Oct 24, 2014

Nobel Prizes 2014

The $1.1 million awards will be handed out on Dec. 10, the anniversary of prize founder Alfred Nobel's death in 1896.

MEDICINE
U.S.-British scientist John O'Keefe split the Nobel Prize in medicine with Norwegian couple May-Britt Moser and Edvard Moser for breakthroughs in brain cell research that could pave the way for a better understanding of diseases like Alzheimer's.

PHYSICS
Isamu Akasaki and Hiroshi Amano of Japan and Japanese-born U.S. scientist Shuji Nakamura won the Nobel Prize in physics for the invention of blue light-emitting diodes, which promises to revolutionize the way the world lights its homes and offices, and already helps create the glowing screens of mobile phones, computers and TVs.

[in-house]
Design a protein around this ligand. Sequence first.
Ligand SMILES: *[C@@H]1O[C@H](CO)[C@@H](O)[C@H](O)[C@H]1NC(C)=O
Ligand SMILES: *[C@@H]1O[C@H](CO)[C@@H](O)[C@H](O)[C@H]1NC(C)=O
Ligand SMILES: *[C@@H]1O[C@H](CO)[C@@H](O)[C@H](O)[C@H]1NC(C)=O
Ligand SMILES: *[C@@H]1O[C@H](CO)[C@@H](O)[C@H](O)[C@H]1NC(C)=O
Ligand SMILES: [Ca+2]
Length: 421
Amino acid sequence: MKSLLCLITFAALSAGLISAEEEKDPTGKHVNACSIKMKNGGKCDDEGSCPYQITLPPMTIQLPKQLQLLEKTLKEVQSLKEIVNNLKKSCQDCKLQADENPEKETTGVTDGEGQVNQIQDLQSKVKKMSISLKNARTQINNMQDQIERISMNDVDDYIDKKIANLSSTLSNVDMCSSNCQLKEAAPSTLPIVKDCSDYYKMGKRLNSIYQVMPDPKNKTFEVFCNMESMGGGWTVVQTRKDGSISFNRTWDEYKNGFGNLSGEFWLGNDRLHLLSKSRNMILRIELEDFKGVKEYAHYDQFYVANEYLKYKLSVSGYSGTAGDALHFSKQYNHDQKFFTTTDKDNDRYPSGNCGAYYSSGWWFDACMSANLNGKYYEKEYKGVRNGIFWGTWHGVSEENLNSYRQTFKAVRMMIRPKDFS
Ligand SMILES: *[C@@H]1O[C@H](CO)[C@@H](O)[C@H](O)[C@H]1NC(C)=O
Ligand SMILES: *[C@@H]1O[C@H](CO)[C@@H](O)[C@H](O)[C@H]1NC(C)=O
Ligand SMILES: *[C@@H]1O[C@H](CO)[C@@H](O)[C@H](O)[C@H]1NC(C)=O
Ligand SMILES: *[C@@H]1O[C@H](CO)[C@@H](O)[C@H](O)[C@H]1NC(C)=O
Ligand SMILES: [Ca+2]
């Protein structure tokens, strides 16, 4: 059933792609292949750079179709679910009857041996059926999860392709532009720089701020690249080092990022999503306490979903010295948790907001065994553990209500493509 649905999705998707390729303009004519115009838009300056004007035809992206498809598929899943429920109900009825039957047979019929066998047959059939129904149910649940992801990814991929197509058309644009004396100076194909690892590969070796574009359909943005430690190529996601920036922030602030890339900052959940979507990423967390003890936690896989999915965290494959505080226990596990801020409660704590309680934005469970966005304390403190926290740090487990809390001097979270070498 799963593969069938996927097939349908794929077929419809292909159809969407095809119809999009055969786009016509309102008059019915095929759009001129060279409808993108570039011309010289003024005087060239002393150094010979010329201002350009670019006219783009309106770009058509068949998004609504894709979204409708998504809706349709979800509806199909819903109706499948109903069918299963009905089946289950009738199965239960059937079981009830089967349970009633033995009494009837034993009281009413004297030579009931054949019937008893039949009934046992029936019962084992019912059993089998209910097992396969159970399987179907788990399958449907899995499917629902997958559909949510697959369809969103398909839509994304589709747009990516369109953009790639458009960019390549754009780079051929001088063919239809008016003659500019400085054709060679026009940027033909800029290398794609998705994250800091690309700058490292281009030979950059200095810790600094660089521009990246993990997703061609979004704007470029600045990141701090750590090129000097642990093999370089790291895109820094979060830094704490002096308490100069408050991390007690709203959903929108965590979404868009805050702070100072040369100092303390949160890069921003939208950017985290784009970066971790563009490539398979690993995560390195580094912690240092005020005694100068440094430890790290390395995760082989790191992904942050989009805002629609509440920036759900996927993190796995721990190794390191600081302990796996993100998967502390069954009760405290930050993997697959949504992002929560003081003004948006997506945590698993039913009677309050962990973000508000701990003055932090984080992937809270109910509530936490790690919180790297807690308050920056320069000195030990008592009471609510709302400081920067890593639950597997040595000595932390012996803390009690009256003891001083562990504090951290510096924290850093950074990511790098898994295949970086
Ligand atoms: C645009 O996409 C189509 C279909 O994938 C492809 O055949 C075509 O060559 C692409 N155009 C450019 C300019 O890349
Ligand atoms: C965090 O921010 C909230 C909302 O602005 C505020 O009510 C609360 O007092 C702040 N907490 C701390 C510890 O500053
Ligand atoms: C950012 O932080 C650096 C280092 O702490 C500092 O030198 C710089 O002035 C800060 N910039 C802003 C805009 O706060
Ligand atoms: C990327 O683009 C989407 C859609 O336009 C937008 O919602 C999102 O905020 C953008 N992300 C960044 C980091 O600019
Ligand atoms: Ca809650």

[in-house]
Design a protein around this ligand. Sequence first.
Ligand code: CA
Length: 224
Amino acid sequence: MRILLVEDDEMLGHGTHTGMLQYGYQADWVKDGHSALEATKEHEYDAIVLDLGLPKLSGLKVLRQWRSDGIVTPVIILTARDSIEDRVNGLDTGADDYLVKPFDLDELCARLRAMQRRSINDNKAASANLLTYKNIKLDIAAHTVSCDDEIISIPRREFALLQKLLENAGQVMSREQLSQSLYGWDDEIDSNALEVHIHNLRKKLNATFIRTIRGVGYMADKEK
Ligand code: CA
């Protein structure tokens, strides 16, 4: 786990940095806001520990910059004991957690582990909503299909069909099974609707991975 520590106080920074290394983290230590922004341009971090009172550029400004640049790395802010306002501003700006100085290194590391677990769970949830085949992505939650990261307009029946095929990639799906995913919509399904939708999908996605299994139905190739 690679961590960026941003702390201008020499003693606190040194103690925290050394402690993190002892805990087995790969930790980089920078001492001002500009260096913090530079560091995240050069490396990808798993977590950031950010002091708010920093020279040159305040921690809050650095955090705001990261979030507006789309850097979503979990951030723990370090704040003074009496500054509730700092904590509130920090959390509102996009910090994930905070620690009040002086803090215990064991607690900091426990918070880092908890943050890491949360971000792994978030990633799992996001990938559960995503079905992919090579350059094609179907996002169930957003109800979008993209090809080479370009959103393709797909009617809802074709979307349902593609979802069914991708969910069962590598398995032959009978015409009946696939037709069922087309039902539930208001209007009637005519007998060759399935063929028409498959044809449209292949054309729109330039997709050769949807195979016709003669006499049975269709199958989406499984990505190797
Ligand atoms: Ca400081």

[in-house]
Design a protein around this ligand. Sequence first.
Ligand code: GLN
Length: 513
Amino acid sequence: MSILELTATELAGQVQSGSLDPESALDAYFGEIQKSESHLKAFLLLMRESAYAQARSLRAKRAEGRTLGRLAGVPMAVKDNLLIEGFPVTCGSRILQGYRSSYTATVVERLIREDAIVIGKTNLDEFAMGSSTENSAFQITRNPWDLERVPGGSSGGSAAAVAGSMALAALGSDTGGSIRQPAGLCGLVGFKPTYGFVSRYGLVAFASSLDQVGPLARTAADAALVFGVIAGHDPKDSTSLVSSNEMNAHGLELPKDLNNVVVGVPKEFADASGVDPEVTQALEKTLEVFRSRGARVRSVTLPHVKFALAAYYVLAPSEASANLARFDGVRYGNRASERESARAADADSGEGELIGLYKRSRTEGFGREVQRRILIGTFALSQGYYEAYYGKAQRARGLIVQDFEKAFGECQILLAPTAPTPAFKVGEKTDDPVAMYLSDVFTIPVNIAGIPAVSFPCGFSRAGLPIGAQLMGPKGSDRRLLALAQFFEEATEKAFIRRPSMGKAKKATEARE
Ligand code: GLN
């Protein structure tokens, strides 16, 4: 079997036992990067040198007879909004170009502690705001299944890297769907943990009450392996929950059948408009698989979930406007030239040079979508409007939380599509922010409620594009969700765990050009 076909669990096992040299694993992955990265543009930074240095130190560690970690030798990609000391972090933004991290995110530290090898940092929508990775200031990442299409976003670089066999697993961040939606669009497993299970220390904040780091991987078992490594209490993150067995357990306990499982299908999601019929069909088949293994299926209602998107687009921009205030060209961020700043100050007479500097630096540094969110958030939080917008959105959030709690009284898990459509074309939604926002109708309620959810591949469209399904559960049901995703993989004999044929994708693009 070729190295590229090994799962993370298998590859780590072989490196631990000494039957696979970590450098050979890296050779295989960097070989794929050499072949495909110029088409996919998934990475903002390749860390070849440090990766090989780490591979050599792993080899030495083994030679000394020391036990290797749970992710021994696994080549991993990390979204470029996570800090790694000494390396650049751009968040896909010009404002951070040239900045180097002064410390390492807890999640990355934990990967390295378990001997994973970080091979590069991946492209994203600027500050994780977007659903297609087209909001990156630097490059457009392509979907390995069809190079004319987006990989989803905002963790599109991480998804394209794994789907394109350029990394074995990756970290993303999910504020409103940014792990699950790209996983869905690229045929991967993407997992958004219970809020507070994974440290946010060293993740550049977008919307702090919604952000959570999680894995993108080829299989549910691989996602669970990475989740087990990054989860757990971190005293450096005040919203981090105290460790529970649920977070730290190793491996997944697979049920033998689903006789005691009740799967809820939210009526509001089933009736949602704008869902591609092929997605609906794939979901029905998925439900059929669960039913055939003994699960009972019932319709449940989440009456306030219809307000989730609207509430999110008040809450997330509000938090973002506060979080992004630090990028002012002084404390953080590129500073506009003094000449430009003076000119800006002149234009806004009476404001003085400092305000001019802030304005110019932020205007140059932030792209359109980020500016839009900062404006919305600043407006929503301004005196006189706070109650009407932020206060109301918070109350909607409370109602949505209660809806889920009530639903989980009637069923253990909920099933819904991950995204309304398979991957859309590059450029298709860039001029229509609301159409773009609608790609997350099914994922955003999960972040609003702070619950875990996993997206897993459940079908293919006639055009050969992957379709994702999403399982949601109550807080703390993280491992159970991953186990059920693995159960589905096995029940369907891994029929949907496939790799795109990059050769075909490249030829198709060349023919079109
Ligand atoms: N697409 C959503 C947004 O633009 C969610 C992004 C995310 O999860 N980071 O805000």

CHEMISTRY
U.S. researchers Eric Betzig and William Moerner and Stefan Hell of Germany won the Nobel Prize in chemistry for finding ways to make microscopes more powerful than previously thought possible, allowing scientists to see how diseases develop inside the tiniest cells.